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North Korea is making sure its nukes survive if the U.S. strikes

U.N. monitors reported they had observed “a consistent trend on the part of North Korea to disperse its assembly, storage and testing locations.”
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North Korea is taking measures to ensure its nuclear missiles cannot be taken out by U.S. military strikes, U.N. monitors said Monday.

The revelation comes as Pyongyang and Washington lay the groundwork for a second historic summit later this month.

The finding was contained in a confidential report by sanctions monitors to a United Nations committee, which was seen by Reuters. In it, monitors reported they had observed “a consistent trend on the part of [North Korea] to disperse its assembly, storage and testing locations.”


Washington’s special representative for North Korea, Stephen Biegun, will meet a North Korean official in Pyongyang Wednesday to make arrangements for a second denuclearization summit between Donald Trump and Kim Jong Un, expected to be held in Vietnam later this month.

Biegun, who was appointed to the role in August, two months after the meeting between Trump and Kim in Singapore, is aiming to advance the process of denuclearization beyond the vague commitment secured from Kim last year.

He said he is aiming to establish a “roadmap of negotiations and declarations going forward” to reinvigorate the process and add some substance to the denuclearization talks.

While Trump hailed Thursday the “tremendous progress” made in negotiations with North Korea, Biegun acknowledged in a speech at Stanford University the same day that the Singapore talks had yielded “no detailed definition or shared agreement of what denuclearization entails.”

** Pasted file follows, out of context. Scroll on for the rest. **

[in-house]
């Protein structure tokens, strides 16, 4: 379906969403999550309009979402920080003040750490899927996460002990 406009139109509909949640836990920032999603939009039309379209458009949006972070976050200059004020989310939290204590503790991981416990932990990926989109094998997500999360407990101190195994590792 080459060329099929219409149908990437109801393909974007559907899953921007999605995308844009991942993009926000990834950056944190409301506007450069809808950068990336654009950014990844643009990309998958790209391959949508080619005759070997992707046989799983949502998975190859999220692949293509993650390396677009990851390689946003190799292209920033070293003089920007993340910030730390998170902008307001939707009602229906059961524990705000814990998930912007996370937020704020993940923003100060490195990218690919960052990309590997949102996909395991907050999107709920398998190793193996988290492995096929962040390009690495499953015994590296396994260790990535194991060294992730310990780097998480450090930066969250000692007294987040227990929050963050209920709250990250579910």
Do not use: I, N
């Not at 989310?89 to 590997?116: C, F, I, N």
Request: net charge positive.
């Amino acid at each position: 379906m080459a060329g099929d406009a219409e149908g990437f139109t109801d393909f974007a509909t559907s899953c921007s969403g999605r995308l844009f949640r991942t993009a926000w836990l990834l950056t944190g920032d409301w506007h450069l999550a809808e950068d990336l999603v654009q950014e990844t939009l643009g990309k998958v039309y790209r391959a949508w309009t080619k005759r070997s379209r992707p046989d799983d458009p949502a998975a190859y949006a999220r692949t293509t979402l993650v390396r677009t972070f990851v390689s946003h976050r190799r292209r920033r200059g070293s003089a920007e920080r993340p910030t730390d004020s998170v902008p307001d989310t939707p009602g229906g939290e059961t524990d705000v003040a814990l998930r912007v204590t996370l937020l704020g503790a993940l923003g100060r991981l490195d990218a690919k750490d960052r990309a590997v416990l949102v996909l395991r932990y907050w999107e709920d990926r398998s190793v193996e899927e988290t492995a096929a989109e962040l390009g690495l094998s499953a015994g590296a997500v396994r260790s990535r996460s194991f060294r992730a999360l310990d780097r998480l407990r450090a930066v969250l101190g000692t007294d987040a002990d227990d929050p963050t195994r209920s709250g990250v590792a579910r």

Since then, progress has more or less stalled, with senior U.S. officials signaling they expected Pyongyang to surrender its nuclear and missiles programs before Washington would respond by lifting sanctions.

READ: South Korea supplied oil to North Korea and didn’t tell anyone

That’s frustrated Kim, who said in a New Year’s Day speech that he may forgo denuclearization if the U.S. continued to insist he handed over his weapons without lifting sanctions.


Nevertheless, the report to the 15-member U.N. sanctions committee found that sanctions were proving ineffective, due to a spike in North Korean violations.

“The country continues to defy Security Council resolutions through a massive increase in illegal ship-to-ship transfers of petroleum products and coal,” the report found.

The presence of 28,500 U.S. troops in South Korea is also a sticking point in the negotiations. North Korea has said it will never unilaterally give up its nukes unless Washington eliminates any threat to the regime. The United States has said its troop presence in the South is not up for discussion.

Seoul is also determined to maintain the U.S. presence on its soil to guarantee against aggression from its northern neighbor, with whom it is still technically at war.

On Monday, the U.S. State Department announced that it had reached a preliminary agreement with South Korea on sharing the cost of the troop deployment, with Seoul agreeing to boost its contribution. According to a State Department official quoted by CNN and South Korean media, Seoul would now pay almost $1 billion a year, up from its previous commitment of about $850 million a year.

The two governments have held 10 rounds of talks on the new deal since the previous arrangement expired, with Trump insisting that Seoul should carry more of the cost — potentially doubling its contribution. The lengthy impasse on the issue had fueled concern on both sides that Trump might float a withdrawal of U.S. troops during his meeting with Kim.

Cover Image: This picture taken and released on July 4, 2017 by North Korea's official Korean Central News Agency (KCNA) shows North Korean leader Kim Jong-Un inspecting the test-fire of the intercontinental ballistic missile Hwasong-14 at an undisclosed location. (STR/AFP/Getty Images)